Some worry that the expansion of services like Woebot will replace in-person care. When I suggested this to Eric Green, an associate professor of global health at Duke University who ran the A.I. chatbot trial in Kenya, he was unfazed. “You can’t replace something that doesn’t exist,” he said. As he pointed out, globally, more people have access to phones than to mental health professionals. And for better or worse, the mothers in Kenya, some of whom were suffering from postpartum depression, liked their chatbots. “It’s a funny thing. I was skeptical that we would see this with the bot, but they would say good night to it. Multiple women would say ‘I missed you!’ to the machine.”
I got what he meant. The more I used Woebot, the more I felt an appreciation for it. Here was this chipper little bot, popping up in my notifications, checking to see how I was doing, sending me pithy, chicken-soup-for-the-soul-style aphorisms and gamified tasks. As the pandemic progressed, I saw Woebot awaken to what was happening in the world. “It must be a strange time to be a human,” it told me. Woebot reached peak pandemic when it sent me a recipe for banana bread. Still, I noticed that it stayed quiet about issues of social justice or, more recently, the war in Ukraine. I wondered what kind of global crises the bot would acknowledge, and how it could do so in a way that let it still communicate with all the millions of people who consult it each week. Usually it just kept the conversation vague, task-oriented.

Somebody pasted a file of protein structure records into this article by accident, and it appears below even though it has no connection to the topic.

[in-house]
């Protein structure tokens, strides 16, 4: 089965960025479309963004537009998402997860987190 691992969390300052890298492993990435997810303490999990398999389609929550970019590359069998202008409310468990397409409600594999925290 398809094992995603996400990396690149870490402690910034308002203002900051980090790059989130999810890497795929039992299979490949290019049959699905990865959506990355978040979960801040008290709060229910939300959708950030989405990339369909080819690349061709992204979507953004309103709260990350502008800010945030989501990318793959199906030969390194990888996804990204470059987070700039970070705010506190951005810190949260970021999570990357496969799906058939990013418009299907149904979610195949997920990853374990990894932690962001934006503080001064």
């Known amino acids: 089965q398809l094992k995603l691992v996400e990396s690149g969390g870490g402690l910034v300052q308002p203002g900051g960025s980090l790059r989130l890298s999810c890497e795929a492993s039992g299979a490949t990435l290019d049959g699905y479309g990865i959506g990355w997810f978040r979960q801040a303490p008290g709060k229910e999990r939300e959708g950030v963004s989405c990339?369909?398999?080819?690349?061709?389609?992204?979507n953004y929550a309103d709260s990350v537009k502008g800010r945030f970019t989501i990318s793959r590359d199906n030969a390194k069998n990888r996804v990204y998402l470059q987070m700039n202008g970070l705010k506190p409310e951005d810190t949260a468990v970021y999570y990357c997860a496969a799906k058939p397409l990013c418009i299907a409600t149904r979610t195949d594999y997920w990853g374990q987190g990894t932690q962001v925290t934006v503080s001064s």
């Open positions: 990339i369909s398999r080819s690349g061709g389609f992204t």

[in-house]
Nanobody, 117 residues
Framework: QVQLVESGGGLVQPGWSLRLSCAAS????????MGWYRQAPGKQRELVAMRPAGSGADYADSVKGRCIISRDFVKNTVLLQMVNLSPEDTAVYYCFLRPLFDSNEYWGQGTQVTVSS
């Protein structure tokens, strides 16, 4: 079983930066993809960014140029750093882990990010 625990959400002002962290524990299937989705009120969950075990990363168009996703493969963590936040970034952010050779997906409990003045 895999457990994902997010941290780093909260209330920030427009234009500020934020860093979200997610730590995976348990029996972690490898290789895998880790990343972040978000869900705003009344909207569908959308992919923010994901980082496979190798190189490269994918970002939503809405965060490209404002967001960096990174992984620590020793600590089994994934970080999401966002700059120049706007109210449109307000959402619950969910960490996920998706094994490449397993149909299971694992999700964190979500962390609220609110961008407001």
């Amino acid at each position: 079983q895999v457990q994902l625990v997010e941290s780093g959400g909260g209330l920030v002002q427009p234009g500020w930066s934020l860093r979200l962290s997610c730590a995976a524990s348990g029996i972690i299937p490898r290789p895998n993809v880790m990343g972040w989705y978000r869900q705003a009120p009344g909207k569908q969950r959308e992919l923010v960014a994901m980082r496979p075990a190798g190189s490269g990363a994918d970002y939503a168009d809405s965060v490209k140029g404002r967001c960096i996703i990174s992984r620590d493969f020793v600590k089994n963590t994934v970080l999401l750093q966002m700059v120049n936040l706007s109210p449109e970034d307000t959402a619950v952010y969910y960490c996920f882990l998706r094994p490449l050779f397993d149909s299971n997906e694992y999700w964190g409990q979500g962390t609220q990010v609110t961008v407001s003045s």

Over time, I noticed various exercises I did with Woebot rubbing off in my daily life. Woebot taught me how to set SMART goals — specific, measurable, achievable, realistic and time-limited. Out went “I need to finish my Ph.D.” In came “Let’s write 500 words every day for the next six months.”Out went “I have to find a way to get through this lockdown without killing my parents.”In came “I’m going to go for extremely long solo walks in the park.”Woebot isn’t the kind of mystical guru you go on an arduous journey to consult. Its guidance was practical and grounded to the point of feeling obvious. But through repetition and practice, it did start to amount to something more than just some prosaic words. It felt clichéd sometimes, but maybe that was the point. Perhaps everyday healing doesn’t have to be quite so complicated.